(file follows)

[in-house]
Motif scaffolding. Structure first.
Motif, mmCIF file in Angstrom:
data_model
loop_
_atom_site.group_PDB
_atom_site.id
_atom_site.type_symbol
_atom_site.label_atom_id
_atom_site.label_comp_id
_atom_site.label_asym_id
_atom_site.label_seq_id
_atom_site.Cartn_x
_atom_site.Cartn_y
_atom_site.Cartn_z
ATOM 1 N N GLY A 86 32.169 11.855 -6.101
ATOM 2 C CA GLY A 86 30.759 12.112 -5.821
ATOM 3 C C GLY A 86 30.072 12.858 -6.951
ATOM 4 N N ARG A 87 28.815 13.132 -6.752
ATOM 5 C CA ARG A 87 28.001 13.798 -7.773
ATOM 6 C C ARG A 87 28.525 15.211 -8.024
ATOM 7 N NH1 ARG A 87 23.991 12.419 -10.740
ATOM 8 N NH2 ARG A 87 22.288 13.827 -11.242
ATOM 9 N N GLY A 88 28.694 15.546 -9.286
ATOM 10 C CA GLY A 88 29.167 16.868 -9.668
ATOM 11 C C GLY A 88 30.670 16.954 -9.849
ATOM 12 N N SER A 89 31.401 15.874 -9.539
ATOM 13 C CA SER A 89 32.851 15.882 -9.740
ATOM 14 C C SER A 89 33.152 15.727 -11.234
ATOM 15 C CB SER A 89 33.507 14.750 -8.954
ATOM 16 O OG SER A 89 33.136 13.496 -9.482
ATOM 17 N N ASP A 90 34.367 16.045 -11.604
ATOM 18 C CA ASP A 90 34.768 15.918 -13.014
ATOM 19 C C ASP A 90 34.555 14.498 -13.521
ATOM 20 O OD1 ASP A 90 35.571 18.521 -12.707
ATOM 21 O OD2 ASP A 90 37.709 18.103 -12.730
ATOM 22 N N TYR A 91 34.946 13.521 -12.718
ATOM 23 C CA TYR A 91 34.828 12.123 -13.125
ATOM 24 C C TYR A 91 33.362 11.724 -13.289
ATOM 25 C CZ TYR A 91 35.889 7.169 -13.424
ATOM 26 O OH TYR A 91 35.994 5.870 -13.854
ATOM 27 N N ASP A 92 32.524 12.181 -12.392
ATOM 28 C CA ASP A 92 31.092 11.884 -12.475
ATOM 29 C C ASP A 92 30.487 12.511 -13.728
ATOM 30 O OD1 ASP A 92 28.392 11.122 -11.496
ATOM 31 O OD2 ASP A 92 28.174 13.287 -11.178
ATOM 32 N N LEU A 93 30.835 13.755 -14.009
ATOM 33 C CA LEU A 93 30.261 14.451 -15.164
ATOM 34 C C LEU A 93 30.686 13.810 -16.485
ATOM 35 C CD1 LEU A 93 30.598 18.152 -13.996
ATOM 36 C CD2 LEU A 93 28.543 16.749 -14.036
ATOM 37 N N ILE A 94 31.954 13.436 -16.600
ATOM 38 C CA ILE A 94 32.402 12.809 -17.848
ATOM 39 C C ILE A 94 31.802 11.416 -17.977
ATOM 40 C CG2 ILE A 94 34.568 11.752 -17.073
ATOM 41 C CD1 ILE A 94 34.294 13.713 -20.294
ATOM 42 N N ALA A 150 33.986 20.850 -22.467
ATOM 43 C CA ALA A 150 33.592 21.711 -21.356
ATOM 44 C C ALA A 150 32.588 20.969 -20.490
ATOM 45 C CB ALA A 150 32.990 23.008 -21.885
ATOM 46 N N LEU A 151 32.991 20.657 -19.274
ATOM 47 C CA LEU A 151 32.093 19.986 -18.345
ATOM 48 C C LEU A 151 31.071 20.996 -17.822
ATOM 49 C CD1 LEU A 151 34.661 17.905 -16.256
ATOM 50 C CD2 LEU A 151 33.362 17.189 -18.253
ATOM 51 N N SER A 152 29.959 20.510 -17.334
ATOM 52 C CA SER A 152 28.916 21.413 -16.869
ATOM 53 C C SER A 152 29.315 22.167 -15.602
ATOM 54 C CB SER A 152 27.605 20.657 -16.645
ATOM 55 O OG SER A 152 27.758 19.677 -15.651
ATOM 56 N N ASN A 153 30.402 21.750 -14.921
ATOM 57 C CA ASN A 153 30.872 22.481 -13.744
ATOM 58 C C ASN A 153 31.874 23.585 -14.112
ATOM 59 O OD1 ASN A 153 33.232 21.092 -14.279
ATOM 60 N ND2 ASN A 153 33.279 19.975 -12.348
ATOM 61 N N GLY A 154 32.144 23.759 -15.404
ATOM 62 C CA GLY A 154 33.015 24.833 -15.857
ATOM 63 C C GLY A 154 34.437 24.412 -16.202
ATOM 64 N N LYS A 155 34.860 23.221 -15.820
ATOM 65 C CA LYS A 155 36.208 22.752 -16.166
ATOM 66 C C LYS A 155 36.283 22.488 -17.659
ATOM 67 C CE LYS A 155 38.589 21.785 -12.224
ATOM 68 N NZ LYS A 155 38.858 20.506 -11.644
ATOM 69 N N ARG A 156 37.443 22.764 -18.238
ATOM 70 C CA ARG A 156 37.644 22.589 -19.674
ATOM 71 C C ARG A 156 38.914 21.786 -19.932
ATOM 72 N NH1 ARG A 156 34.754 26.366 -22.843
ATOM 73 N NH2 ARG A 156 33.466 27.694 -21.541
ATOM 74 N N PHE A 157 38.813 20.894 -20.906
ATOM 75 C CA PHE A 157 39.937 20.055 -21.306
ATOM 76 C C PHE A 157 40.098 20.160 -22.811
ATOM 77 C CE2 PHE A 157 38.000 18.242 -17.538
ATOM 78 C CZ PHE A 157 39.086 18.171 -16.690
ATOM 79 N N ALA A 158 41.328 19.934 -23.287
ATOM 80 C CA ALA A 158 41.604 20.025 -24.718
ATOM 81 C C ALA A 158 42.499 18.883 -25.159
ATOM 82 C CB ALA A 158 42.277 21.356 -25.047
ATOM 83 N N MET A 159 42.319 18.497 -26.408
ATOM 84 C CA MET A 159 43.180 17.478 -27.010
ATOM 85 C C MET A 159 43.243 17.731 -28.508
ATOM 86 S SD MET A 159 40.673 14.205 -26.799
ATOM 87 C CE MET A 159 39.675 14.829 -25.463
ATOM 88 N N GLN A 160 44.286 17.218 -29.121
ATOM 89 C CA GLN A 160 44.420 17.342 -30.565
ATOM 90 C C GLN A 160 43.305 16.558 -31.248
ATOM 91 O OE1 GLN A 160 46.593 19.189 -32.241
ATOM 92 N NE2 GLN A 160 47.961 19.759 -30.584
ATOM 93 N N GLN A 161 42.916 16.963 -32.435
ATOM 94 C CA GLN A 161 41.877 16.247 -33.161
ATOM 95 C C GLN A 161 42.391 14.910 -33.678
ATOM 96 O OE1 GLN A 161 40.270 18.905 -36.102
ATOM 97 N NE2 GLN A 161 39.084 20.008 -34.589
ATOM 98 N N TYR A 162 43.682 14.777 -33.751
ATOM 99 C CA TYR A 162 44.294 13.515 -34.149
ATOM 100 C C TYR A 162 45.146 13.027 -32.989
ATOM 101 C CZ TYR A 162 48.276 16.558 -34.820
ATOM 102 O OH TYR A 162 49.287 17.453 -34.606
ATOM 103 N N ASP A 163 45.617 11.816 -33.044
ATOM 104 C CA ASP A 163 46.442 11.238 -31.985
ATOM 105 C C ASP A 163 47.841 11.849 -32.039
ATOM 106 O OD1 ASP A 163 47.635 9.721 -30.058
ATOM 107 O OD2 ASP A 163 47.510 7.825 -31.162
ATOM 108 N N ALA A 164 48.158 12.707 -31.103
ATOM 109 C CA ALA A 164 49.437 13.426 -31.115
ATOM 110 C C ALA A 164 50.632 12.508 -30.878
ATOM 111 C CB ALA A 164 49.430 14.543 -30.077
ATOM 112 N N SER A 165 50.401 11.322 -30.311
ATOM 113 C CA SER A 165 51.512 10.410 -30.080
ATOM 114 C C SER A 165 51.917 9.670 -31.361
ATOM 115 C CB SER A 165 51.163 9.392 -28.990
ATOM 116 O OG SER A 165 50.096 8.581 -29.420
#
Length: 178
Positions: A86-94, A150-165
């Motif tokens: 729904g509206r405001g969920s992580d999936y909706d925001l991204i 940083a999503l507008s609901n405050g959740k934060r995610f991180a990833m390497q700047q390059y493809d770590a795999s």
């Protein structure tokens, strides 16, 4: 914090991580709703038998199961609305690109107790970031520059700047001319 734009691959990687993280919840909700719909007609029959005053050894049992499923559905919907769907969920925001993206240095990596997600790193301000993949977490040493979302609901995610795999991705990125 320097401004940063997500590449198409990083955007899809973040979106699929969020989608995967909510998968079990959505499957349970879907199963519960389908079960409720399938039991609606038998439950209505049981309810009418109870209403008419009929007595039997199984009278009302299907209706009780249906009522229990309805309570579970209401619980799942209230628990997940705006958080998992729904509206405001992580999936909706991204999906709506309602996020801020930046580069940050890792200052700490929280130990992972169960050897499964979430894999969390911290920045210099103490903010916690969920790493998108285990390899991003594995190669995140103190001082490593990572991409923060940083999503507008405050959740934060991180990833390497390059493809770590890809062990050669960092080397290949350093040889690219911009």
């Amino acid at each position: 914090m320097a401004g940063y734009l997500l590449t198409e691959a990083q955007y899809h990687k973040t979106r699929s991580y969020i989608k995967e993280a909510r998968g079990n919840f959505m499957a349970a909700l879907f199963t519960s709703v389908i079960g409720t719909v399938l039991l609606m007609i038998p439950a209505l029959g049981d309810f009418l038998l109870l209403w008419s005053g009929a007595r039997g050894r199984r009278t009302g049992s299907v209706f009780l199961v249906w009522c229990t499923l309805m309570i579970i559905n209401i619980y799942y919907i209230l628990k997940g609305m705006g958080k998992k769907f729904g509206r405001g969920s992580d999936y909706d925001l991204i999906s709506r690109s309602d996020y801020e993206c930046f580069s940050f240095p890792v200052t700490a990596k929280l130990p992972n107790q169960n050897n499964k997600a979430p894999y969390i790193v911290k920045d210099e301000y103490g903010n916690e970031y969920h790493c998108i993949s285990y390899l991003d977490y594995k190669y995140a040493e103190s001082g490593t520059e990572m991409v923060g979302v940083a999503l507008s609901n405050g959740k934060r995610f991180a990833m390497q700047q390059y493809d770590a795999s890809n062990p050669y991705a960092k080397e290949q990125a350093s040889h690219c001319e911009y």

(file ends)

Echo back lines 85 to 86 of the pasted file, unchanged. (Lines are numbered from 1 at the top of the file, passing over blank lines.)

ATOM 70 C CA ARG A 156 37.644 22.589 -19.674
ATOM 71 C C ARG A 156 38.914 21.786 -19.932